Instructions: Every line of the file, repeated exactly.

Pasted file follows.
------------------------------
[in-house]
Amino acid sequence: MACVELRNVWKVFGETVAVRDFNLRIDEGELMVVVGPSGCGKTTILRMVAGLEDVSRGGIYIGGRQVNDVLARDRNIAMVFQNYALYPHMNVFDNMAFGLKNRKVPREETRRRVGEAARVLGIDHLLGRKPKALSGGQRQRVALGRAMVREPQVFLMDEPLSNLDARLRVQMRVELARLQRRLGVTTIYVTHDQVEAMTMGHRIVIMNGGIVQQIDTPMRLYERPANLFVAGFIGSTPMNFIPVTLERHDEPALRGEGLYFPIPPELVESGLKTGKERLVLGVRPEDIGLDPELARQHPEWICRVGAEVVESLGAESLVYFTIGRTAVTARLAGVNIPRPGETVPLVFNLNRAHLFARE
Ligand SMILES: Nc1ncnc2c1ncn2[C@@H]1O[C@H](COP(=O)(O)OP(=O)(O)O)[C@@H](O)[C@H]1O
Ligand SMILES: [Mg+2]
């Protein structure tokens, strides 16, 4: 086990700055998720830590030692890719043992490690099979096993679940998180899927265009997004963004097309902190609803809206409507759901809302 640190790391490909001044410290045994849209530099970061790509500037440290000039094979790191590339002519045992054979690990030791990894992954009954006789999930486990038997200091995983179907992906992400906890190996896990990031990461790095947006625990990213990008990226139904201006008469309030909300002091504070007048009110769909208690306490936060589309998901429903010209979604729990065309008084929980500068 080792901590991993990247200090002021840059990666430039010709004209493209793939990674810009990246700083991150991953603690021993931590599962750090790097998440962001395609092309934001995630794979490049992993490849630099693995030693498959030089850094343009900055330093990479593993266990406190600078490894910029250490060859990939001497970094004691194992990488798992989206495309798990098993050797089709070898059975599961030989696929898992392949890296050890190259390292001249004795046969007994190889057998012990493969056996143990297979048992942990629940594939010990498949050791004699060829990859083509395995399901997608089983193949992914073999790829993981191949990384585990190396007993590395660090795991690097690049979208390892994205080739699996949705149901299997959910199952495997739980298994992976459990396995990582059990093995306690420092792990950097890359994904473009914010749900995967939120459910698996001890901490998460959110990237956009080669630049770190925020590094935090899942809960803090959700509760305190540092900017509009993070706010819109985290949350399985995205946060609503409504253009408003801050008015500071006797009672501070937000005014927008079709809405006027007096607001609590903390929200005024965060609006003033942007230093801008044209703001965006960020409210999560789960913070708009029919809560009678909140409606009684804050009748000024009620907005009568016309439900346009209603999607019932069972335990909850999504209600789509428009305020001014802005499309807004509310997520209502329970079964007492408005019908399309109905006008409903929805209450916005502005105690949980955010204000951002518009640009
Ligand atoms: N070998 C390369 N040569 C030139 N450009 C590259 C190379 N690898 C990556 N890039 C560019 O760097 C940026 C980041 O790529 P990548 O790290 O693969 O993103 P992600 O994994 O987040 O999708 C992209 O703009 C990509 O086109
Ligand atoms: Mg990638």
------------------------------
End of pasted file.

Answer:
[in-house]
Amino acid sequence: MACVELRNVWKVFGETVAVRDFNLRIDEGELMVVVGPSGCGKTTILRMVAGLEDVSRGGIYIGGRQVNDVLARDRNIAMVFQNYALYPHMNVFDNMAFGLKNRKVPREETRRRVGEAARVLGIDHLLGRKPKALSGGQRQRVALGRAMVREPQVFLMDEPLSNLDARLRVQMRVELARLQRRLGVTTIYVTHDQVEAMTMGHRIVIMNGGIVQQIDTPMRLYERPANLFVAGFIGSTPMNFIPVTLERHDEPALRGEGLYFPIPPELVESGLKTGKERLVLGVRPEDIGLDPELARQHPEWICRVGAEVVESLGAESLVYFTIGRTAVTARLAGVNIPRPGETVPLVFNLNRAHLFARE
Ligand SMILES: Nc1ncnc2c1ncn2[C@@H]1O[C@H](COP(=O)(O)OP(=O)(O)O)[C@@H](O)[C@H]1O
Ligand SMILES: [Mg+2]
């Protein structure tokens, strides 16, 4: 086990700055998720830590030692890719043992490690099979096993679940998180899927265009997004963004097309902190609803809206409507759901809302 640190790391490909001044410290045994849209530099970061790509500037440290000039094979790191590339002519045992054979690990030791990894992954009954006789999930486990038997200091995983179907992906992400906890190996896990990031990461790095947006625990990213990008990226139904201006008469309030909300002091504070007048009110769909208690306490936060589309998901429903010209979604729990065309008084929980500068 080792901590991993990247200090002021840059990666430039010709004209493209793939990674810009990246700083991150991953603690021993931590599962750090790097998440962001395609092309934001995630794979490049992993490849630099693995030693498959030089850094343009900055330093990479593993266990406190600078490894910029250490060859990939001497970094004691194992990488798992989206495309798990098993050797089709070898059975599961030989696929898992392949890296050890190259390292001249004795046969007994190889057998012990493969056996143990297979048992942990629940594939010990498949050791004699060829990859083509395995399901997608089983193949992914073999790829993981191949990384585990190396007993590395660090795991690097690049979208390892994205080739699996949705149901299997959910199952495997739980298994992976459990396995990582059990093995306690420092792990950097890359994904473009914010749900995967939120459910698996001890901490998460959110990237956009080669630049770190925020590094935090899942809960803090959700509760305190540092900017509009993070706010819109985290949350399985995205946060609503409504253009408003801050008015500071006797009672501070937000005014927008079709809405006027007096607001609590903390929200005024965060609006003033942007230093801008044209703001965006960020409210999560789960913070708009029919809560009678909140409606009684804050009748000024009620907005009568016309439900346009209603999607019932069972335990909850999504209600789509428009305020001014802005499309807004509310997520209502329970079964007492408005019908399309109905006008409903929805209450916005502005105690949980955010204000951002518009640009
Ligand atoms: N070998 C390369 N040569 C030139 N450009 C590259 C190379 N690898 C990556 N890039 C560019 O760097 C940026 C980041 O790529 P990548 O790290 O693969 O993103 P992600 O994994 O987040 O999708 C992209 O703009 C990509 O086109
Ligand atoms: Mg990638």